Unstamped Arbitration Agreement Invalid, Says Supreme Court
In a 3:2 verdict, the Supreme Court says commercial contracts subject to stamp duty not enforceable if unstamped.
The Supreme Court delivered a key judgement on Tuesday in the realm of arbitration law, holding that an unstamped arbitration agreement would be considered non-existent in law.
The judgement was delivered by a 3:2 majority, with a concurring view from Justices KM Joseph, Aniruddha Bose, and CT Ravikumar. Justices Ajay Rastogi and Hrishikesh Roy took a dissenting view.
The majority view held that a commercial contract containing an arbitration clause would become unenforceable if it wasn't stamped.
The court can examine an arbitration agreement on the basis of the original agreement or the certified copy, which must clearly indicate if stamp duty has been paid. If no such indication is given, the court would not act on such a certified copy, the majority view said.
The minority view disagreed, saying a certified copy of an arbitration agreement, even if it wasn't stamped or was inadequately stamped, would be a valid document for appointing an arbitrator at the pre-reference stage.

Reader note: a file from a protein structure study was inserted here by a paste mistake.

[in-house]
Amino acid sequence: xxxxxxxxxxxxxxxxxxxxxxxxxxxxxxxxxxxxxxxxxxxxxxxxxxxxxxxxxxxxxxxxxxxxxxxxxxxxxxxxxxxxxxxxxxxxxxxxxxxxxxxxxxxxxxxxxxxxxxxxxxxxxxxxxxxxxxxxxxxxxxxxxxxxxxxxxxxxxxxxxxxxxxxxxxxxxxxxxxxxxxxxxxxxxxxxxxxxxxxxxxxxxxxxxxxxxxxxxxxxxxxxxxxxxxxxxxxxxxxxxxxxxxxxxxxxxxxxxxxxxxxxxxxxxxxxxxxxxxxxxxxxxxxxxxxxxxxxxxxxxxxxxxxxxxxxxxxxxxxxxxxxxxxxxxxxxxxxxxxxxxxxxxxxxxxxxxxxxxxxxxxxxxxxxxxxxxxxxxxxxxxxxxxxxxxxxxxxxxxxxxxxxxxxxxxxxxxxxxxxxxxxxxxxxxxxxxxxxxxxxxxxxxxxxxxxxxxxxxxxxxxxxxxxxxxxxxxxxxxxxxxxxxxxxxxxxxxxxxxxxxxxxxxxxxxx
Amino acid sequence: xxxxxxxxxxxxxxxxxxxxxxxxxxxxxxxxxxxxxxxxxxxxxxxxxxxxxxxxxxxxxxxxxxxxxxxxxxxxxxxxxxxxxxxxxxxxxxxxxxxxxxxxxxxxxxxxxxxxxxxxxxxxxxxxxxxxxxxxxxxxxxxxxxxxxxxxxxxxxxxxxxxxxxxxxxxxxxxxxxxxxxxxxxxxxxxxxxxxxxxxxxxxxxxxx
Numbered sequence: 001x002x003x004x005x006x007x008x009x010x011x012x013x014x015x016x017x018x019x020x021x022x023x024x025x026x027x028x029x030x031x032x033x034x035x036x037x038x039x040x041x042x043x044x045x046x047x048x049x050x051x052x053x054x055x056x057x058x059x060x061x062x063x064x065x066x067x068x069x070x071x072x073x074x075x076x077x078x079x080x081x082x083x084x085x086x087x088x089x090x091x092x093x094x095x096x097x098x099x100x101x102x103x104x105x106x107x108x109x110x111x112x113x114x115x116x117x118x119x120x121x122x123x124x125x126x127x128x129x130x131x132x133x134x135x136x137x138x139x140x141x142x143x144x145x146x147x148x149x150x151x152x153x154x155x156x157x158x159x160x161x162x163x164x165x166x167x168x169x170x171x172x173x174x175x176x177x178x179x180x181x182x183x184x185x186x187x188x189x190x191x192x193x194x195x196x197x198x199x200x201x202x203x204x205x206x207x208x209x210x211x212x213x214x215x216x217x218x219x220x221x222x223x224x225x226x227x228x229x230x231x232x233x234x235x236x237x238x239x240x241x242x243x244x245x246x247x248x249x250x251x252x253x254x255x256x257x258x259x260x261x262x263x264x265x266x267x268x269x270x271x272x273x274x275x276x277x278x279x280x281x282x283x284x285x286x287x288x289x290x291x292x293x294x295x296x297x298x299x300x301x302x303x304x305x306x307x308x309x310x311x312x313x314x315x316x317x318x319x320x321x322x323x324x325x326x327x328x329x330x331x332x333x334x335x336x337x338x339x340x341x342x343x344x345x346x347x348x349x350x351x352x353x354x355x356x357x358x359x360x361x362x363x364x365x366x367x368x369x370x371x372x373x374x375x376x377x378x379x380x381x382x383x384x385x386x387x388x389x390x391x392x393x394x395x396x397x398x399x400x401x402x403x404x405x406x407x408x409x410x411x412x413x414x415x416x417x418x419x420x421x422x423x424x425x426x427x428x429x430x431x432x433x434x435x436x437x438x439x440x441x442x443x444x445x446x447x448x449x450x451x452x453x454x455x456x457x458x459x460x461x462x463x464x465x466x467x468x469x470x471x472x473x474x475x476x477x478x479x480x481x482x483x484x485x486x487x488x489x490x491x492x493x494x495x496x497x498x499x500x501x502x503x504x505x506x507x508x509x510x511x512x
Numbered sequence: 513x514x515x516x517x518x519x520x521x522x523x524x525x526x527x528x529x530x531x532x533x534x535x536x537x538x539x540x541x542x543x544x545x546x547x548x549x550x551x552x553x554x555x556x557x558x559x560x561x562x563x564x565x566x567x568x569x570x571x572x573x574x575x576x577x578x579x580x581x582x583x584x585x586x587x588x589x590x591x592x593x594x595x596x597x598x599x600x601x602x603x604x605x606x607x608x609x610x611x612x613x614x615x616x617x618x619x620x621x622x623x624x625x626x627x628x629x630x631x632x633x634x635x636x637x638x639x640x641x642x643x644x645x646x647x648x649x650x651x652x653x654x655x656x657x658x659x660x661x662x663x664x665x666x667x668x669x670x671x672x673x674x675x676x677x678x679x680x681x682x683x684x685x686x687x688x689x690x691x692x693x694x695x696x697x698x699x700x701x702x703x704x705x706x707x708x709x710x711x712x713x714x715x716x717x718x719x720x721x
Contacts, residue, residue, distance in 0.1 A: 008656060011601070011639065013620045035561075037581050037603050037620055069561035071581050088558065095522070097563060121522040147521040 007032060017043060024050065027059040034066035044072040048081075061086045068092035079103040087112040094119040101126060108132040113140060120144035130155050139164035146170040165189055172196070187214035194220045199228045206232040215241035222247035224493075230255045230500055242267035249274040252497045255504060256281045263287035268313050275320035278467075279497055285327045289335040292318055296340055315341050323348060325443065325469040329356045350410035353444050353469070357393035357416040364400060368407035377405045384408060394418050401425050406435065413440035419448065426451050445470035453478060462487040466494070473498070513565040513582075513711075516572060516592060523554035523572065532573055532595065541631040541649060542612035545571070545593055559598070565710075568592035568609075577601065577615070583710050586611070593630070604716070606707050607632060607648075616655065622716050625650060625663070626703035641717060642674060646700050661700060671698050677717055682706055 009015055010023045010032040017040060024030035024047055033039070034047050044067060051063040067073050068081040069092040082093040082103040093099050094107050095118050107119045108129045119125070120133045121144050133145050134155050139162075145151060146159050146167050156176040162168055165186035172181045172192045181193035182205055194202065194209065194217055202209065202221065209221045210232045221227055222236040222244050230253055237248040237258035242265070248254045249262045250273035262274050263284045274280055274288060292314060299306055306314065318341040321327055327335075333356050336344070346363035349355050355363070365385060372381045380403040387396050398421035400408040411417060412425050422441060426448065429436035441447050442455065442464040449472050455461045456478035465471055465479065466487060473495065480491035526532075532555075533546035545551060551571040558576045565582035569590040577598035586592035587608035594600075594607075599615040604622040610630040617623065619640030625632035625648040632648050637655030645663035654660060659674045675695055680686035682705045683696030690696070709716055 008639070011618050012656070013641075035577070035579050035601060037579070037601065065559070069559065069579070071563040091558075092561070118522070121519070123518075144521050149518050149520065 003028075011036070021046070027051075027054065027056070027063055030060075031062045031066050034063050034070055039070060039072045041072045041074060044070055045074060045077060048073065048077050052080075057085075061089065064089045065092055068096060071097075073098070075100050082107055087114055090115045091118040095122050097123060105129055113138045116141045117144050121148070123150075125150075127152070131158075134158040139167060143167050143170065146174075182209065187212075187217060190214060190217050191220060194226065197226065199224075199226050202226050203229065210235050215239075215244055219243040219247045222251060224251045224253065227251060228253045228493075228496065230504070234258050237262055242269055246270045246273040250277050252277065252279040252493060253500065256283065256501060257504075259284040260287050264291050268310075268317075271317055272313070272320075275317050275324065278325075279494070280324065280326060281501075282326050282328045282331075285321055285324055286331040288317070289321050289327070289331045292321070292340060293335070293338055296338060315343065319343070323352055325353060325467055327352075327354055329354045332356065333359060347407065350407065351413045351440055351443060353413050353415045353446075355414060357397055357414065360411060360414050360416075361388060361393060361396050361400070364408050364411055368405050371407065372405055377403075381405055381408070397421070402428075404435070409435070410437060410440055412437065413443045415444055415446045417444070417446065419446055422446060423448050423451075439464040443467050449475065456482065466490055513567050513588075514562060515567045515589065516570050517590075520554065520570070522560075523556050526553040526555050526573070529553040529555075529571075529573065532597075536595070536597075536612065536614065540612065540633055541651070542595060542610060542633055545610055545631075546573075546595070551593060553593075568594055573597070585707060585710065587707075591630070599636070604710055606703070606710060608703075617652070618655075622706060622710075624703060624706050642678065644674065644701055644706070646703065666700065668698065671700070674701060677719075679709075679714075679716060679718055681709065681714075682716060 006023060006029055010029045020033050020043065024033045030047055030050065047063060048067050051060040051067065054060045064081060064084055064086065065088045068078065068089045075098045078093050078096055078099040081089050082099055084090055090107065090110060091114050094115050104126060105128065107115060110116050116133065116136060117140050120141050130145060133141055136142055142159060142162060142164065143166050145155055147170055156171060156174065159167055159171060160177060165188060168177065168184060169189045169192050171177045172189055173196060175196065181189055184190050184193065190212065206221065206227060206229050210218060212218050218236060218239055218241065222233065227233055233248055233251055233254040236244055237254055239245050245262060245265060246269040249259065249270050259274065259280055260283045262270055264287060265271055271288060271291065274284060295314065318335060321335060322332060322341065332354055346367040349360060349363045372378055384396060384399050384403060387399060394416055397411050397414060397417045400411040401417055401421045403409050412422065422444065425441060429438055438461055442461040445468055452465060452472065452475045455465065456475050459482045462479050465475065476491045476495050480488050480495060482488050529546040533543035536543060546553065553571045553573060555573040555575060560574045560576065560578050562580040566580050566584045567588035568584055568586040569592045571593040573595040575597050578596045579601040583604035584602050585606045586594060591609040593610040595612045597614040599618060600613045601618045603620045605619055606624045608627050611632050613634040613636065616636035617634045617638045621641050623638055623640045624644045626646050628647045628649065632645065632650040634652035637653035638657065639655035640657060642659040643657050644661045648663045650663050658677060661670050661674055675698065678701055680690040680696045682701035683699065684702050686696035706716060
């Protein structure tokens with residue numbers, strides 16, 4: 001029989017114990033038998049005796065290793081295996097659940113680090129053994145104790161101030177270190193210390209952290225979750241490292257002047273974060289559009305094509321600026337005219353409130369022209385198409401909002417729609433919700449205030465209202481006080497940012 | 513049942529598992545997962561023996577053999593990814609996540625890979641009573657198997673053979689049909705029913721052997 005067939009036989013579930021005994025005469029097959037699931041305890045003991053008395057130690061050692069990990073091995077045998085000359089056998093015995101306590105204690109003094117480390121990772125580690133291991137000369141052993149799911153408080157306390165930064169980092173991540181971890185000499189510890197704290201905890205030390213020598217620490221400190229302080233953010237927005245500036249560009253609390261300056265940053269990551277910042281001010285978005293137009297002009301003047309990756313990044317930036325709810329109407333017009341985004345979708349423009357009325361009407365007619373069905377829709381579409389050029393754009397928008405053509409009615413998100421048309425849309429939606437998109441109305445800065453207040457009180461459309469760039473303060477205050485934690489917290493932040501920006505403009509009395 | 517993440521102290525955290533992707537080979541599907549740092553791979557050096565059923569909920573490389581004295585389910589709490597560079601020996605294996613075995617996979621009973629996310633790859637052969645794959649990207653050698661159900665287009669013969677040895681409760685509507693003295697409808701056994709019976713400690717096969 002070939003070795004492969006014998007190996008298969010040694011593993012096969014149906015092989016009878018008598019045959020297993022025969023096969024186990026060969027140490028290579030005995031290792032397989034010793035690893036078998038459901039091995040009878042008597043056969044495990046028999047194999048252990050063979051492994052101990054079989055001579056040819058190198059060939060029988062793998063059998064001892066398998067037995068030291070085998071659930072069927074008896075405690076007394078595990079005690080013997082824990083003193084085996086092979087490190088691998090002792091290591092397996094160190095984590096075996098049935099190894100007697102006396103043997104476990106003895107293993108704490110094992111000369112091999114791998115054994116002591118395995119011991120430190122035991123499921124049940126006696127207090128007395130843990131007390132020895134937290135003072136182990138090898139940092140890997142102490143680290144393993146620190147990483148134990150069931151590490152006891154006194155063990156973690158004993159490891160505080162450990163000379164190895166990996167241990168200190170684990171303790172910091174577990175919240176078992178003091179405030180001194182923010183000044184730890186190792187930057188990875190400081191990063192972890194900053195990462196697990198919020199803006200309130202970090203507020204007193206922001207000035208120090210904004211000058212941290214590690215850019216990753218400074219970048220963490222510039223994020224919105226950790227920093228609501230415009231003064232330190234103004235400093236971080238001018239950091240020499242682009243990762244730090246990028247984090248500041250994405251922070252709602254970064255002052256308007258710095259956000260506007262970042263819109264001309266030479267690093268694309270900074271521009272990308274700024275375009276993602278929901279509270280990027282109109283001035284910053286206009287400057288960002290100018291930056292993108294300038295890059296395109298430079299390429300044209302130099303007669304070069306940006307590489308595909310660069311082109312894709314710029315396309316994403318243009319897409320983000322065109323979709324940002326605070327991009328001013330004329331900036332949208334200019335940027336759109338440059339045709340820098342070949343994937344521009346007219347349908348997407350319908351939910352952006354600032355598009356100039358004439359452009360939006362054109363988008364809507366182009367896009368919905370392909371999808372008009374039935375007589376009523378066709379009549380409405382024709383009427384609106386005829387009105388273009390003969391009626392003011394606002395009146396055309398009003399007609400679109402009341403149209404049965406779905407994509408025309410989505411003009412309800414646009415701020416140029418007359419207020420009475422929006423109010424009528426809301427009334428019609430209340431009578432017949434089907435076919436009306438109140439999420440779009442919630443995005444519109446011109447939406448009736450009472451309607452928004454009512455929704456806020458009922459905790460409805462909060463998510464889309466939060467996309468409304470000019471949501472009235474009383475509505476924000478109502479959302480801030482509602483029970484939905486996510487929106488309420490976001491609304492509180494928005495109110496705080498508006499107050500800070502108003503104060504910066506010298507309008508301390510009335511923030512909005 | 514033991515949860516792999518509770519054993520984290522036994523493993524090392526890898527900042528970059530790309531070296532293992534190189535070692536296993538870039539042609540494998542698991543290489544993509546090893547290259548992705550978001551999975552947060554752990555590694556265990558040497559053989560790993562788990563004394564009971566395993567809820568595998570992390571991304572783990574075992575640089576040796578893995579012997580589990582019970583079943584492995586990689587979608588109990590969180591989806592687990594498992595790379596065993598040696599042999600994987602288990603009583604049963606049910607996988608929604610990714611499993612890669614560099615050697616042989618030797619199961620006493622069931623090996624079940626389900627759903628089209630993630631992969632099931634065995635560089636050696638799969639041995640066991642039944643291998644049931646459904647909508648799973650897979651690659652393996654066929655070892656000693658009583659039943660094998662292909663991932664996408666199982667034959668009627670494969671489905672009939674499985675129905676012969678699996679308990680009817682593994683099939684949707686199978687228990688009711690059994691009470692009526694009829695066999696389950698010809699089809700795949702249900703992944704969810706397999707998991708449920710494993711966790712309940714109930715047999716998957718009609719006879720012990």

Laying out the dissenting opinion, Justice Hrishikesh Roy said the objective behind the Arbitration and Conciliation Act, 1996, was to avoid procedural complexity and litigation between courts. He said enforcement of the arbitration agreement should not be stalled on an issue that is capable of being resolved at a later stage by the arbitrator.
Deferring the issue of stamping to the stage of arbitration would achieve the object of both the acts, namely the Arbitration and Conciliation Act and the Stamp Act, as Justice Roy highlighted. He appealed to the legislature to make the necessary amendments to the Stamp Act in its application to the Arbitration Act to get rid of the inconsistencies.
In his minority view, Justice Ajay Rastogi said an examination of the arbitration agreement should be done cautiously so that the legislative intent behind the provisions is not disturbed by opening the door wide open for judicial intervention.
The case reached the Supreme Court in 2020. A bench of Justices DY Chandrachud, Indu Malhotra, and Indira Banerjee held that just because a commercial contract is unstamped, it doesn’t mean that the arbitration clause in it will become invalid.
However, the case was referred to a larger bench as the court was of the view that the issue required to be authoritatively settled by a constitution bench.